Lawyers who represent management, and those who represent employees, tend not to agree on much. However, they probably will agree that a recent ruling from the United States Court of Appeals for the District of Columbia Circuit might make it easier to settle employment litigations. And for that both sides will be grateful.
There's little as boring as tax law, so here's the gist of it, sans the technical details. The case is Murphy v. IRS, decided on August 22, 2006. Money damages awarded for personal injuries historically have been treated as exempt from income tax. In pure personal injury cases, such as car crashes, this has been easy to apply. The courts have had a more difficult time with employment discrimination cases, in which the question is whether damages replace lost income, compensate for personal injury such as emotional distress, or a combination. Language in a 1996 statute presumptively treats all recoveries by plaintiffs in employment cases as taxable income. No one was happy about this except for the IRS, which stood to collect more money.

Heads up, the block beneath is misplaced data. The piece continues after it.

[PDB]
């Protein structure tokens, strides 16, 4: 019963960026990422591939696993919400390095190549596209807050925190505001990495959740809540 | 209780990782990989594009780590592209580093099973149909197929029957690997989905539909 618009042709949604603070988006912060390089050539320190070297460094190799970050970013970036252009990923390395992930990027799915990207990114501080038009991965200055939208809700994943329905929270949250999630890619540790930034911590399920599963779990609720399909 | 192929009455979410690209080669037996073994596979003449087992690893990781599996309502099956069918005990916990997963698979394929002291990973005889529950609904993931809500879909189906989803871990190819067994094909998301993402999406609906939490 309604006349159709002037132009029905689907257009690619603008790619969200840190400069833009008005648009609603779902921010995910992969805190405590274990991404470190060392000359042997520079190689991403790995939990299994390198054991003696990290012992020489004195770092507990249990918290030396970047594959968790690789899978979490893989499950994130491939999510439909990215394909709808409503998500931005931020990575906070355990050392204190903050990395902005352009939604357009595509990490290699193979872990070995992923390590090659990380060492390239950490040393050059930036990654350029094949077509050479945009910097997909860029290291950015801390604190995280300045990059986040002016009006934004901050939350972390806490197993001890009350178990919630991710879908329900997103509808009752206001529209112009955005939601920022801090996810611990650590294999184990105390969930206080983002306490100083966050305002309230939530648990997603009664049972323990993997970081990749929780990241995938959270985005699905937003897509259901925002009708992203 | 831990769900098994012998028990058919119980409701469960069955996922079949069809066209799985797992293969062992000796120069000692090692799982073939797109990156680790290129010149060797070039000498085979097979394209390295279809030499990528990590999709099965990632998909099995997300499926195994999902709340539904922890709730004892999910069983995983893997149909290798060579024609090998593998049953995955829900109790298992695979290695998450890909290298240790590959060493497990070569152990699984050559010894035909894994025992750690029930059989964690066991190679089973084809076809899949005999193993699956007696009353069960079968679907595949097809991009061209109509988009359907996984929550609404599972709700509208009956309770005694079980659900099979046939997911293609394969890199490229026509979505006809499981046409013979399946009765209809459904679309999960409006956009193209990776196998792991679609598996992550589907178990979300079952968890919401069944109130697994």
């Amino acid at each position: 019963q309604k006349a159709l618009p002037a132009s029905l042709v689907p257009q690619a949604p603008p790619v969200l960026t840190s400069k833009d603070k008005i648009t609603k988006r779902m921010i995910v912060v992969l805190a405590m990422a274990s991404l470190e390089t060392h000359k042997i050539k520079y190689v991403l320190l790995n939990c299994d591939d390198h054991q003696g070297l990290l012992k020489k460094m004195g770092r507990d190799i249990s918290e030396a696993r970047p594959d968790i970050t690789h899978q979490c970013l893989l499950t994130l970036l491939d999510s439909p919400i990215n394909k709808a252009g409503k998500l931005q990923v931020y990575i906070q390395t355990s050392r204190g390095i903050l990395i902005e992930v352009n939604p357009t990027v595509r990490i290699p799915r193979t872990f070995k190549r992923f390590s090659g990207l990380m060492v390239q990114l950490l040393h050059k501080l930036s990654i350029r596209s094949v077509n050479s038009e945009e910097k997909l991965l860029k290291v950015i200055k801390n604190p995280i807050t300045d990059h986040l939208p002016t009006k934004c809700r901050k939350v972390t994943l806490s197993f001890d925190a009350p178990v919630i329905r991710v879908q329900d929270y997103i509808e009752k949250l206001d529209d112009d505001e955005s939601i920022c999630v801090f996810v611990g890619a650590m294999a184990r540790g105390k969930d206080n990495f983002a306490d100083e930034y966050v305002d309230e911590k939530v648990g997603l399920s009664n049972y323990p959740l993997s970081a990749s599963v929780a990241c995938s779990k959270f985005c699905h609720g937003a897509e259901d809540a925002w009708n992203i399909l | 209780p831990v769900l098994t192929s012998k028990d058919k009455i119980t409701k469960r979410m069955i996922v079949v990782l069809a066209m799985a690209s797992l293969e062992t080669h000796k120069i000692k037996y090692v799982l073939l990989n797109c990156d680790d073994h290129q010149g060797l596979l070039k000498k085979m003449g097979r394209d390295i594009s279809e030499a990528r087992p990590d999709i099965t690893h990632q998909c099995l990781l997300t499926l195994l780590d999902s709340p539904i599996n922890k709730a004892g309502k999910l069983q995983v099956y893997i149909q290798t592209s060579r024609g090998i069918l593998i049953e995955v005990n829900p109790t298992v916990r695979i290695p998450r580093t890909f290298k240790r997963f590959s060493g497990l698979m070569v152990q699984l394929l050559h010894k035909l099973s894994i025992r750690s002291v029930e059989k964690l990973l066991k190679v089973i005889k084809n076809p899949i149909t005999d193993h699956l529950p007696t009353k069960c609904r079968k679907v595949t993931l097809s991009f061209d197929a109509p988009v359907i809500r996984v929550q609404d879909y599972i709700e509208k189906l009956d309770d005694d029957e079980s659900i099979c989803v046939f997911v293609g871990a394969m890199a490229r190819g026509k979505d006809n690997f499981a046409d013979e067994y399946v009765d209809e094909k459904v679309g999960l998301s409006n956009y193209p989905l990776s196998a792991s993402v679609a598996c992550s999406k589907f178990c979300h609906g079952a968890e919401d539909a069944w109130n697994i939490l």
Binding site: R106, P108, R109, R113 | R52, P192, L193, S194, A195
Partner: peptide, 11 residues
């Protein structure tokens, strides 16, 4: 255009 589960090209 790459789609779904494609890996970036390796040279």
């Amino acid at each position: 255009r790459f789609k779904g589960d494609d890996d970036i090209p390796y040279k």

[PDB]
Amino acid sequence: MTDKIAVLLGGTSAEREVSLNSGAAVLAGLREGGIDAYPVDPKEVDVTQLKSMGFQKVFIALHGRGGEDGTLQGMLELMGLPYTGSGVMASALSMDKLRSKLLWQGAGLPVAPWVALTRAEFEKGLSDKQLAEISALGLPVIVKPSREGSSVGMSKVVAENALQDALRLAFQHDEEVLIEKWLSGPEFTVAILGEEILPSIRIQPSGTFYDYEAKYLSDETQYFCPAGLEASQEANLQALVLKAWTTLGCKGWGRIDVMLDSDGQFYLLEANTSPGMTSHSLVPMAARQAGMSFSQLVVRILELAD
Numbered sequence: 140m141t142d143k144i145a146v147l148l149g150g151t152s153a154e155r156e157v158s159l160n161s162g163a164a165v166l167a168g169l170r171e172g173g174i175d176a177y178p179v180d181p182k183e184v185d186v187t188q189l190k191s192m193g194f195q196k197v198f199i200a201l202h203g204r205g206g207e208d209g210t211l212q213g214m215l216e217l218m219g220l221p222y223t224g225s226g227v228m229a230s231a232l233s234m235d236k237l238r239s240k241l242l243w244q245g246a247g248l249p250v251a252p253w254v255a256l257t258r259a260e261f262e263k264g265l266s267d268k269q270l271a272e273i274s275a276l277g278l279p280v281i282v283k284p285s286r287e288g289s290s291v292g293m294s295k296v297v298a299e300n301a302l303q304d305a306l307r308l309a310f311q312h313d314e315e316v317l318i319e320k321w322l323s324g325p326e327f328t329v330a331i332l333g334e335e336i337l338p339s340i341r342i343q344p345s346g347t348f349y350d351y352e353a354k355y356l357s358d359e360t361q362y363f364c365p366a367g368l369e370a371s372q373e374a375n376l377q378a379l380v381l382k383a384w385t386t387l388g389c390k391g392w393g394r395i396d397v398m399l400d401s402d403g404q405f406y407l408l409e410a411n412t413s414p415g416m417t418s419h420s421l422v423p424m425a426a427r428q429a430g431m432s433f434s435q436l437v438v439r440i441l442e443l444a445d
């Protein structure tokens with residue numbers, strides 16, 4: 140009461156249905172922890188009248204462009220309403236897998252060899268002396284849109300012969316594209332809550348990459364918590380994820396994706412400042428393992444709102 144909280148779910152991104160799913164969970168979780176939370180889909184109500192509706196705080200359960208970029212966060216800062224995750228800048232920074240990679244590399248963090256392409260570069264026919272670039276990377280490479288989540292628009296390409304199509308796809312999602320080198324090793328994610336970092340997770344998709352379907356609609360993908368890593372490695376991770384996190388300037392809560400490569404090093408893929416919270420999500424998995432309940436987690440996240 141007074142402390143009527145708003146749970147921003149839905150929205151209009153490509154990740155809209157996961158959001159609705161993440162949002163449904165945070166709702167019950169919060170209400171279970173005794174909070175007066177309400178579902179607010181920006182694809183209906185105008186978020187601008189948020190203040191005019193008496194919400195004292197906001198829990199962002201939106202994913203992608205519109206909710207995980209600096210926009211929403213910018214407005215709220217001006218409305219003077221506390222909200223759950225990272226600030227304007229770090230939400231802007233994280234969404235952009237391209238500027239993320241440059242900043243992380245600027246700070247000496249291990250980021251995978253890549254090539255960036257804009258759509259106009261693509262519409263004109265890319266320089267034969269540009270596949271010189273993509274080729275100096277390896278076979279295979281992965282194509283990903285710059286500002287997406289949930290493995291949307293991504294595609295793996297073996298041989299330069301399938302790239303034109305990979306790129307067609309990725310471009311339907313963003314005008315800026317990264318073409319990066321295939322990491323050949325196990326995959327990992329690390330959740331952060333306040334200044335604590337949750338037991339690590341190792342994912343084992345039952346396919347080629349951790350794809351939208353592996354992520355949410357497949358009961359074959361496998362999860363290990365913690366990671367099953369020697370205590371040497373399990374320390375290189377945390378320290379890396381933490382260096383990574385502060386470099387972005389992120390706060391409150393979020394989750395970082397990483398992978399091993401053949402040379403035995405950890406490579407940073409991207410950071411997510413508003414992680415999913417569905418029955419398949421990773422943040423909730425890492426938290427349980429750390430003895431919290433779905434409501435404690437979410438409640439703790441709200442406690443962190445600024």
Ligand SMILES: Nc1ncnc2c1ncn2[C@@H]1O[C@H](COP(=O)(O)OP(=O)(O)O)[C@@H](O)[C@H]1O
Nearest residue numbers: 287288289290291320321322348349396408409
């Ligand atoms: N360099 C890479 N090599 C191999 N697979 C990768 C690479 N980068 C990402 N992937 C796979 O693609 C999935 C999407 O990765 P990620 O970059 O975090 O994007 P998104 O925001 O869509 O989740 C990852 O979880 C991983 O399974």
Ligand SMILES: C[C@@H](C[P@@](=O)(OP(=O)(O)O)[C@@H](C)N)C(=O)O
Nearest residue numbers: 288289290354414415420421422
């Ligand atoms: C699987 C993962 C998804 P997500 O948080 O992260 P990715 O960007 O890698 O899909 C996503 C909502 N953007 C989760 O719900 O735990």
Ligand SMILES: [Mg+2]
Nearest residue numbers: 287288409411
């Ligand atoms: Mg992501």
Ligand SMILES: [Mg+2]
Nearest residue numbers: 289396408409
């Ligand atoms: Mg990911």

In Murphy, the court found that damages awarded to a fired employee for emotional distress and damage to her reputation are not income, and thus are not taxable. What is making waves, though, is the court's finding that it is unconstitutional for the IRS to consider such awards to be income.
Will the Supreme Court rule on the question? Right now no one knows, but employment lawyers are scrambling to take advantage of the ruling for their clients.